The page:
United States District Court, W.D. Arkansas, Fayetteville Division
MICHELLE WARNER, individually and on behalf of all others similarly situated PLAINTIFF
LITTLE JOHN TRANSPORTATION SERVICES, INC.; CHRISTOPHER DALE; and STEVEN DALE DEFENDANTS
OPINION AND ORDER
HOLMES, III U.S. DISTRICT JUDGE
the Court are Plaintiff Michelle Warner's motion (Doc.
43) for certification of a class action, brief in support
(Doc. 44) of the motion, and Defendants' response (Doc.
49) in opposition. Plaintiff seeks Rule 23 class
certification of an Arkansas Minimum Wage Act
(“AMWA”) claim premised on allegations that she
and other “Agents” or “Freight
Brokers” were not paid overtime compensation for hours
worked in excess of 40 hours. The Court has already
conditionally certified a collective action under the Fair
Labor Standards Act, 29 U.S.C. §§ 201 et seq.
(“FLSA”). (Doc. 37). The motion to certify a Rule
23 AMWA class will be denied.
a class can be certified under Rule 23, the movant must
demonstrate that the class representatives are members of the
class and that:
(1) the class is so numerous that joinder of all members is
(2) there are questions of law or fact common to the class;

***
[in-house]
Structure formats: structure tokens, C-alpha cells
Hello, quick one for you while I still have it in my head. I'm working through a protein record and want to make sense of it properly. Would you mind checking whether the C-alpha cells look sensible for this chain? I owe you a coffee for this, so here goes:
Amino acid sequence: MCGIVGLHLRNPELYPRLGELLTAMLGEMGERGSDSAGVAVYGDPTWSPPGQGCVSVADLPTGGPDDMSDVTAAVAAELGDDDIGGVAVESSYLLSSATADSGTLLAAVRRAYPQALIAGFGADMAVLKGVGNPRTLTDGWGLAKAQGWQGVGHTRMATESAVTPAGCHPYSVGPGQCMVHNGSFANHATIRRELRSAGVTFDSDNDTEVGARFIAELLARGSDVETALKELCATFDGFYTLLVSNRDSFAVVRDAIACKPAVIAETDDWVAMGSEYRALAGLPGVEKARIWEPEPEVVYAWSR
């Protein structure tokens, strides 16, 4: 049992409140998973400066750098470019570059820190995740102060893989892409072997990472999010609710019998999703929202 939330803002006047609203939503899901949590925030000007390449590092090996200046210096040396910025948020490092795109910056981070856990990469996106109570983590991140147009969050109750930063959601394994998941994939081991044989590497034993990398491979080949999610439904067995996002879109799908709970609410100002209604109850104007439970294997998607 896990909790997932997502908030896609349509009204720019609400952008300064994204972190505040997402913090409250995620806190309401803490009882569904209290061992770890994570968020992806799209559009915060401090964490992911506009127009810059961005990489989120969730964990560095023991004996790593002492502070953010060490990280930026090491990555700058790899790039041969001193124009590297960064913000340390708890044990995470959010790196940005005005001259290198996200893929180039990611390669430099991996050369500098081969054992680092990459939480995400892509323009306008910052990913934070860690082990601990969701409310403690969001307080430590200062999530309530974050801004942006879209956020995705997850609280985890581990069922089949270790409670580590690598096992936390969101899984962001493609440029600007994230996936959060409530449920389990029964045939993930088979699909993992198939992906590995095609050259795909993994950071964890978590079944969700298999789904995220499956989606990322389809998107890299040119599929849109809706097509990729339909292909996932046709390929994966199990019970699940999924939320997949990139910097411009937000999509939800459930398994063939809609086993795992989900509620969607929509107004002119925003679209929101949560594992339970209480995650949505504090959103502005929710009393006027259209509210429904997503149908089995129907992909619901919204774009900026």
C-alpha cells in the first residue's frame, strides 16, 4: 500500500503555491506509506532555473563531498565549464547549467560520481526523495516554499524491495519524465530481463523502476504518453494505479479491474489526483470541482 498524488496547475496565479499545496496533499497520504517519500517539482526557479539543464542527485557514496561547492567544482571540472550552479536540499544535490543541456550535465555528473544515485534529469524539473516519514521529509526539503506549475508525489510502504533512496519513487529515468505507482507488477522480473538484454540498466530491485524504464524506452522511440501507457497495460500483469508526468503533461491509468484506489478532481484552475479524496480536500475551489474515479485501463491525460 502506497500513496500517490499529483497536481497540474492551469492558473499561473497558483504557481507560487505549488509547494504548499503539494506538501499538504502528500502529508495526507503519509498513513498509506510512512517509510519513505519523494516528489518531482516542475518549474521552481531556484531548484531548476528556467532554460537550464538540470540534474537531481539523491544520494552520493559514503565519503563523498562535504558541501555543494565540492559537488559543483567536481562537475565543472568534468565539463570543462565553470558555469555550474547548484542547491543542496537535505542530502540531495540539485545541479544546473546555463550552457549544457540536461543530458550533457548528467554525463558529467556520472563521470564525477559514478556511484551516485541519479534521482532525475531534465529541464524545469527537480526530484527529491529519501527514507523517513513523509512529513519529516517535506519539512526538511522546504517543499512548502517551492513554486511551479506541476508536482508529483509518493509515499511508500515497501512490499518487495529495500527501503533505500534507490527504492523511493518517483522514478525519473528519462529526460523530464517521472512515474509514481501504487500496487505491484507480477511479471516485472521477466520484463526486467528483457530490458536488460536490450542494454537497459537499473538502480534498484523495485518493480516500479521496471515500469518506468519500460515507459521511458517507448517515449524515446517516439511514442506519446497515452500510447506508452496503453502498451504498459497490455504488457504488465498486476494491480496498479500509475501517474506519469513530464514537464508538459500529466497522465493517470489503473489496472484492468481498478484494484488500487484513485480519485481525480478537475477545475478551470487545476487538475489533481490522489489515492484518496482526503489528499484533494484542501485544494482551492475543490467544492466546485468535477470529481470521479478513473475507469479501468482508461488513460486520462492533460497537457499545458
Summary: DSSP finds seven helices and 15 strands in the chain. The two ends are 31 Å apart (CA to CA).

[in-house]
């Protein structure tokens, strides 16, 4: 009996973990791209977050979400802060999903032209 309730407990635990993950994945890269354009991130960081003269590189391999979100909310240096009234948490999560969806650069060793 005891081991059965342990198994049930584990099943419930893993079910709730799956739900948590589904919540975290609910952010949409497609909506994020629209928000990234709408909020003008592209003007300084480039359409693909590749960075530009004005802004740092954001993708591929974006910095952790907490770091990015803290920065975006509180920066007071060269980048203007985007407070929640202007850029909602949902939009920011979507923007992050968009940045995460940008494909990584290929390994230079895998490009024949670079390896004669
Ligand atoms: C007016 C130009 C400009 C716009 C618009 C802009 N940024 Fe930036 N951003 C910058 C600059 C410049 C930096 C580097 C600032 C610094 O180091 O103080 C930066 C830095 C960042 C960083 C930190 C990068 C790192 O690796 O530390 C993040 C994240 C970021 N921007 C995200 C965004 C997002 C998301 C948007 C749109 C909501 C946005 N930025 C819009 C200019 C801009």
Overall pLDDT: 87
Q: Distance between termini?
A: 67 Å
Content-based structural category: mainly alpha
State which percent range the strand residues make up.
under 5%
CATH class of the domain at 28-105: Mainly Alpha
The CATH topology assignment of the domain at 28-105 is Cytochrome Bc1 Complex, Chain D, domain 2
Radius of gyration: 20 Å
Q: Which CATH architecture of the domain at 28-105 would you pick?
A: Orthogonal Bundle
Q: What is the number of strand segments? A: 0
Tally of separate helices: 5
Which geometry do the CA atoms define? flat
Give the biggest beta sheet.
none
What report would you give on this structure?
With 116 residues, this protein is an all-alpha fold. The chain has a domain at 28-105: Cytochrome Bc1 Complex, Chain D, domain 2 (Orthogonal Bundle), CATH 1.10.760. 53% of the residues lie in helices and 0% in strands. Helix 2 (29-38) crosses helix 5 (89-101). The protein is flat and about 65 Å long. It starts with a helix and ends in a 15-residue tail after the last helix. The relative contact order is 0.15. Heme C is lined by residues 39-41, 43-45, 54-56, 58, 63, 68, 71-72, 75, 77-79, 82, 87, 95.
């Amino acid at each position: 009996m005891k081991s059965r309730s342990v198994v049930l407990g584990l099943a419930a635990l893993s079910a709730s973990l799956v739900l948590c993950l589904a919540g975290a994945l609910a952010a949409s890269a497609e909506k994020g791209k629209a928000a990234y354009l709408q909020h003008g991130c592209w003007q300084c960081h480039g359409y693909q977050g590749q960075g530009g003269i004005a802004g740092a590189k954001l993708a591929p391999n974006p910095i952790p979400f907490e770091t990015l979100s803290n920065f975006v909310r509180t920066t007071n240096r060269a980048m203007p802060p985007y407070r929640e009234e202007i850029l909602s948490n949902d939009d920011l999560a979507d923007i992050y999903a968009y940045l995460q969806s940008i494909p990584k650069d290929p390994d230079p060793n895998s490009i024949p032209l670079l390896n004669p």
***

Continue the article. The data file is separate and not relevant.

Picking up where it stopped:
(3) the claims or defenses of the representative parties are
typical of the claims or defenses of the class; and
(4) the representative parties will fairly and adequately
protect the interests of the class.
Fed. R. Civ. P. 23(a). A class that meets these four
requirements may proceed with its action if it also qualifies
as one of the types of actions that may be maintained under
Rule 23(b). The burden is on the party seeking certification
to demonstrate with evidentiary proof that Rule 23(b) is
satisfied. Comcast Corp. v. Behrend, 569 U.S. 27,
seeks class certification under Rule 23(b)(3). (Doc. 44, p.
9). A class action may be certified under Rule 23(b)(3) if
“the court finds that the questions of law or fact
common to class members predominate over any questions
affecting only individual members, and that a class
action is superior to other available methods for fairly and
efficiently adjudicating the controversy.” Fed.R.Civ.P.
23(b)(3) (emphasis added). The Rule provides a nonexclusive
list of matters pertinent to these findings:
(A) the class members' interest in individually
controlling the prosecution or defense of separate actions;
(B) the extent and nature of any litigation concerning the
controversy already begun by or against class members;
(C) the desirability or undesirability of concentrating the
litigation of the claims in the particular forum; and
(D) the likely difficulties in managing a ...